What is object of the verb in gerund?

What is object of the verb in gerund?

What is object of the verb in gerund?

Gerunds and infinitives are both verb forms that can function as nouns, and, as such, they are both often used as the objects of “main” verbs. In many cases, we can use either the infinitive or the gerund in addition to “standard” nouns. Some verbs, however, can only be followed by infinitives and not gerunds.

Which verbs take gerunds or infinitives?

Verbs that take a gerund or an infinitive with different meanings:

  • Begin. When ‘begin’ is used in non-continuous tenses, you can use a gerund or an infinitive: She began singing.
  • Dread. ‘Dread’ is usually followed by a gerund:
  • Forget. Sarah forgot travelling to London when she was a child.
  • Keep.
  • Need.
  • Regret.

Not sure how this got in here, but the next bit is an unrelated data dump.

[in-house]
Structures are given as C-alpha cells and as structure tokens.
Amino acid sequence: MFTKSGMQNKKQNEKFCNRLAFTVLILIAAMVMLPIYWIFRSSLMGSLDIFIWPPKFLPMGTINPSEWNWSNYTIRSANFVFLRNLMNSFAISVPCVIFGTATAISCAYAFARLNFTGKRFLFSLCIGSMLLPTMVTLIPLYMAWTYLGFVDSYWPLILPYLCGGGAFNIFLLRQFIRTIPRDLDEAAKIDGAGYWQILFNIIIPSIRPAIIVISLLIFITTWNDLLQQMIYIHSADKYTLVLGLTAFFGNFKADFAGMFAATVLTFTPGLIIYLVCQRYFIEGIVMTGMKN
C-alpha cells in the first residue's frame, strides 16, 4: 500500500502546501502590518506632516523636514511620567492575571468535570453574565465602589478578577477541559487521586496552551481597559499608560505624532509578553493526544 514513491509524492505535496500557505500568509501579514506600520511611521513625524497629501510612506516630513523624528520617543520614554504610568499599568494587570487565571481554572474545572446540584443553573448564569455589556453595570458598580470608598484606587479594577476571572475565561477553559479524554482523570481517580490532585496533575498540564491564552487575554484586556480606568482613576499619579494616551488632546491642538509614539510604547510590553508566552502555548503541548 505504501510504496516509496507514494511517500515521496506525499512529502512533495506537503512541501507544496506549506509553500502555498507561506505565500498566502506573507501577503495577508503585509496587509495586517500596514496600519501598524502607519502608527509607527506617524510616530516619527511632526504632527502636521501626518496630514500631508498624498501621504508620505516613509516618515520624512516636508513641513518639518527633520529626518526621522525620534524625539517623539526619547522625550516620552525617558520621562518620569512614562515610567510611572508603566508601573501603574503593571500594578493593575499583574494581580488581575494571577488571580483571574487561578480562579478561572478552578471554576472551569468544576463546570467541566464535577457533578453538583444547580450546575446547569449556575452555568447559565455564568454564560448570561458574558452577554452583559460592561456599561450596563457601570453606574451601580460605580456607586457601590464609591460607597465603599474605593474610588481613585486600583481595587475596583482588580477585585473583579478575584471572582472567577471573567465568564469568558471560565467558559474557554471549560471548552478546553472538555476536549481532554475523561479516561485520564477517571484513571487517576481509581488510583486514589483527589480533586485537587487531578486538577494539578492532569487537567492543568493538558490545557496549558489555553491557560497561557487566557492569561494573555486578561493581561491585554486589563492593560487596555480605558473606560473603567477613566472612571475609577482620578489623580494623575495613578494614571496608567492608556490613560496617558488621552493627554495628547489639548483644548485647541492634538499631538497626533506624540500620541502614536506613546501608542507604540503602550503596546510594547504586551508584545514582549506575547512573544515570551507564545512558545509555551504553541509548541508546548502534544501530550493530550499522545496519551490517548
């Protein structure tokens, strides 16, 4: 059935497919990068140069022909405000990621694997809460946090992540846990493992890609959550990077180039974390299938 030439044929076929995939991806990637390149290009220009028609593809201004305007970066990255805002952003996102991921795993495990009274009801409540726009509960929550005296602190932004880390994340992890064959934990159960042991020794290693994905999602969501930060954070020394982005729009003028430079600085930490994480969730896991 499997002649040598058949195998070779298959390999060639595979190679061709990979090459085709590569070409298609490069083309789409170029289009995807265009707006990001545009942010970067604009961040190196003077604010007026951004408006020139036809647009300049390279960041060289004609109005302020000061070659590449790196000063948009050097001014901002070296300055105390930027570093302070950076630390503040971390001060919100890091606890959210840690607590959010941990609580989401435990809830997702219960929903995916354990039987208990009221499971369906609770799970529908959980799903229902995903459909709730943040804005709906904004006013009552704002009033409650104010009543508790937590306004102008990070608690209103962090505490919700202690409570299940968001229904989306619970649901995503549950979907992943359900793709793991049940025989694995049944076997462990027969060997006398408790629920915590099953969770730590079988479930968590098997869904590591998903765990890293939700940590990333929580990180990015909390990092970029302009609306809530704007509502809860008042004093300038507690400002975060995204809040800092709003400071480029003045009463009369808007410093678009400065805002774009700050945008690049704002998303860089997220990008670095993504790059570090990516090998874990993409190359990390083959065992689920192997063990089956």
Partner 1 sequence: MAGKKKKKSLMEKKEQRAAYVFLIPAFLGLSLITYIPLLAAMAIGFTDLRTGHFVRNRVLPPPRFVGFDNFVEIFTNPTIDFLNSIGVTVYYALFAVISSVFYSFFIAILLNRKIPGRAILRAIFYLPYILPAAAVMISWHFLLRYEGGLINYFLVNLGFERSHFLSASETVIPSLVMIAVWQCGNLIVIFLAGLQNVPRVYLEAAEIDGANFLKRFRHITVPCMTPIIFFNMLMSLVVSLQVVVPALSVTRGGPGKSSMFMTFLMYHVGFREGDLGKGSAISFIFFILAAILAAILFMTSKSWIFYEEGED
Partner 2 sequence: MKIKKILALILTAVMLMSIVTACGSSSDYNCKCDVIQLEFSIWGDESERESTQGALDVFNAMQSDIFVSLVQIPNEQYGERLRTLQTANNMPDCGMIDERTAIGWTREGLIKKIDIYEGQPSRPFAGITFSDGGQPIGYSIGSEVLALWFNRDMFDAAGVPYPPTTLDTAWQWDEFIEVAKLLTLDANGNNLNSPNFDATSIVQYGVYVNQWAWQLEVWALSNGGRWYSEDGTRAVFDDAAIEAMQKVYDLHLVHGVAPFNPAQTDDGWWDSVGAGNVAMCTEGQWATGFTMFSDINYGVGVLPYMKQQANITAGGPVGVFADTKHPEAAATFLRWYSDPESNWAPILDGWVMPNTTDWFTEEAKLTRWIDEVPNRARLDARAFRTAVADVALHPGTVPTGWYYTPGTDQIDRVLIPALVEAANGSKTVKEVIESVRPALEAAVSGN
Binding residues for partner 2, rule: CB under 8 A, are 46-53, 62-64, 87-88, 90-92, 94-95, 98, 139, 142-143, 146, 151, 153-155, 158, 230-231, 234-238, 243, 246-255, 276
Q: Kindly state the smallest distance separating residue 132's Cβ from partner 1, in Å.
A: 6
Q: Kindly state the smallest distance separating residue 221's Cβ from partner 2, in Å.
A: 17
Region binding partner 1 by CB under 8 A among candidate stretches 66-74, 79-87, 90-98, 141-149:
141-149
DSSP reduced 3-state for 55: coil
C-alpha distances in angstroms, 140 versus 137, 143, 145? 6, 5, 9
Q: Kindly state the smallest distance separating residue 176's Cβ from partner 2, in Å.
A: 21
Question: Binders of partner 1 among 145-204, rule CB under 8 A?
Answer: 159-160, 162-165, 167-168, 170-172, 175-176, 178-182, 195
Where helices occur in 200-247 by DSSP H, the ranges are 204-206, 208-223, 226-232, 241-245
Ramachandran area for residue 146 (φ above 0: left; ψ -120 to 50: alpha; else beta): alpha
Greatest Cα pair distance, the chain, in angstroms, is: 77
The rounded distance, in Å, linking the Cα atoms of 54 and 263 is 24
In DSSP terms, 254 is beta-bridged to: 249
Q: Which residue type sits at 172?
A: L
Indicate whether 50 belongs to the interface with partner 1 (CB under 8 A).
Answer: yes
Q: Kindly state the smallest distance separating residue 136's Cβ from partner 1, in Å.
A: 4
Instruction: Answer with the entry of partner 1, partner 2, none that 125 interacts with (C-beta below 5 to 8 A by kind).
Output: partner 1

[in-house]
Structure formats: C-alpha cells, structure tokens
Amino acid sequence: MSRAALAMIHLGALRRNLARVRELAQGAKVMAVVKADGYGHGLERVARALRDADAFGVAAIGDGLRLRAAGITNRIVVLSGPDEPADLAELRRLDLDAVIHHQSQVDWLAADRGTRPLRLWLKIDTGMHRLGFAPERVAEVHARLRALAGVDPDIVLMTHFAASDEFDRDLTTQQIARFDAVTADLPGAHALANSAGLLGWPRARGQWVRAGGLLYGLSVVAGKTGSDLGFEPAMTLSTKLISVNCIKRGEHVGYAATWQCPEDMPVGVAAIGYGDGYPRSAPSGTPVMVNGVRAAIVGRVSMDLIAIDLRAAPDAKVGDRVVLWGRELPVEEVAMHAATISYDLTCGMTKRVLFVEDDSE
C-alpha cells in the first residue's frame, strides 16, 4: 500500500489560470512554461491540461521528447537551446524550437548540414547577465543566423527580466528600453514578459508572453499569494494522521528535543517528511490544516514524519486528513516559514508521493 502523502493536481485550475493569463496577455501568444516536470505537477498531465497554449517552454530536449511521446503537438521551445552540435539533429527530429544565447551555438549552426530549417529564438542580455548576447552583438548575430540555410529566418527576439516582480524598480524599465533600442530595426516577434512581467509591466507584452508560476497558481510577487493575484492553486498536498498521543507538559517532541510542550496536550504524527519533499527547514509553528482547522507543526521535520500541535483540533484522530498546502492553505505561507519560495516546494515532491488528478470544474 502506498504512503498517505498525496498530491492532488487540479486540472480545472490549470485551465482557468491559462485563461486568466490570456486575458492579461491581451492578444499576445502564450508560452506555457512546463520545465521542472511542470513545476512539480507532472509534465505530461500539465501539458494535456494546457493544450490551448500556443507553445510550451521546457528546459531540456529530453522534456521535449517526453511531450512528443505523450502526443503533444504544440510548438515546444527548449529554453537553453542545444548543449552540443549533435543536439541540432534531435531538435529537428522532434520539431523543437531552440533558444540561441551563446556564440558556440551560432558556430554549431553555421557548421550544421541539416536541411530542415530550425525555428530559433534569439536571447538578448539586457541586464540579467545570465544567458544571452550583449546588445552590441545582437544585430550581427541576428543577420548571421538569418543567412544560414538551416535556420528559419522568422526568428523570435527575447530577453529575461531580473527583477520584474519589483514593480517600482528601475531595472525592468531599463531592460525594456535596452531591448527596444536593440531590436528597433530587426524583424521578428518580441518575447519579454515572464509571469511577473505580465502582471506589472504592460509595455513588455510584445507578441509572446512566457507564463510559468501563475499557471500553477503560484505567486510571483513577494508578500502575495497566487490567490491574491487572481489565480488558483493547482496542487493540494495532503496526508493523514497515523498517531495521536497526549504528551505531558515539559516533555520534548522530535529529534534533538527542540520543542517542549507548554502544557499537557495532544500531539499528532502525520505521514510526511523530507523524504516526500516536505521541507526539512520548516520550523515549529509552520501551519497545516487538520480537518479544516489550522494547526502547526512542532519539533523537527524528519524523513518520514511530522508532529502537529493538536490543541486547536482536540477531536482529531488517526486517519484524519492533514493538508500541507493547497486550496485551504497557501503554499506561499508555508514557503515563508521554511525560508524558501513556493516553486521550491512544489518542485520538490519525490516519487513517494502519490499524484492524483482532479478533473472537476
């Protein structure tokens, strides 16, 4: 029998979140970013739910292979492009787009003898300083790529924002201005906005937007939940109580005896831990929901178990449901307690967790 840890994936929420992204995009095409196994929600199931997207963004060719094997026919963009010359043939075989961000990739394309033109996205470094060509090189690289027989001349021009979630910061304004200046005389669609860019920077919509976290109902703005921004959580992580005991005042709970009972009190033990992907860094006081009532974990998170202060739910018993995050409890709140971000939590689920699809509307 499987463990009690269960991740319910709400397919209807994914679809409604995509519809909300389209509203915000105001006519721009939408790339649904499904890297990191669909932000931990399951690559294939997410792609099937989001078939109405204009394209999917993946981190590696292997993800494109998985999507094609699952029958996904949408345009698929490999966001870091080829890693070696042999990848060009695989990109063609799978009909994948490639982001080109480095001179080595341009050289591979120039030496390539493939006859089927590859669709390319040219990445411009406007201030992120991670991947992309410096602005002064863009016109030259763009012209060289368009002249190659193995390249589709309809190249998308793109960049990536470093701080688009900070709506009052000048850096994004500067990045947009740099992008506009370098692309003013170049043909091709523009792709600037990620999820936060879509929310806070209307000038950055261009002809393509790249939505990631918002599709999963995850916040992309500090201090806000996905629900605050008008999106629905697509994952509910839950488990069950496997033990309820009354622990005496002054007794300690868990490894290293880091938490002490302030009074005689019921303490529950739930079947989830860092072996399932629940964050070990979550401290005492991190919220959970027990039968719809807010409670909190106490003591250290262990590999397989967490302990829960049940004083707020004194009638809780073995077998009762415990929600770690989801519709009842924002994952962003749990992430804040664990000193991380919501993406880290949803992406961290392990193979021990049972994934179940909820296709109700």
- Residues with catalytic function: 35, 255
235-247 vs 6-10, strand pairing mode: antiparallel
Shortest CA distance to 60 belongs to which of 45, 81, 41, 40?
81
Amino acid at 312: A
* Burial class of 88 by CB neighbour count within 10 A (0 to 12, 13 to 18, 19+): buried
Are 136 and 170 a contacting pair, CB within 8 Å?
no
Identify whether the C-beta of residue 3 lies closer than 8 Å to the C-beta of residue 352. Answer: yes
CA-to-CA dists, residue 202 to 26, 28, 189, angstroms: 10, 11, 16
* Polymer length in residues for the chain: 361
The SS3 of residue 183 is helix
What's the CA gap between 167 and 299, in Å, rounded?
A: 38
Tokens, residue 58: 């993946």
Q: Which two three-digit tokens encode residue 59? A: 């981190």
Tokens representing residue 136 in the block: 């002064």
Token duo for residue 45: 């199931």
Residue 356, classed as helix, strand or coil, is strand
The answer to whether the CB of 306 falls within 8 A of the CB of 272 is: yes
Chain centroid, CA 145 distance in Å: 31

• Remember.
  • Start.

Can an infinitive verb be an object?

However, the infinitive may function as a subject, direct object, subject complement, adjective, or adverb in a sentence. Although an infinitive is easy to locate because of the to + verb form, deciding what function it has in a sentence can sometimes be confusing.

What is the difference between infinitives and gerund?

A gerund is a noun made from a verb by adding “-ing.” Infinitives are the “to” form of the verb. It can be tricky to remember which verbs are followed by the infinitive (the to form) of the verb and which are followed by the gerund (the ing form) of the verb.

Is to be an infinitive?

Infinitives do appear as the subject of a sentence from time to time. One of the most famous examples of an infinitive as the subject of a sentence is Hamlet’s immortal phrase, “To be or not to be” from Shakespeare’s Hamlet. You might see infinitives appear in sentences like this: To be an astronaut is my dream.

What are the 4 uses of gerund?

In general, there are four different ways that we use gerunds: as subjects, subject complements, direct objects, and objects of prepositions.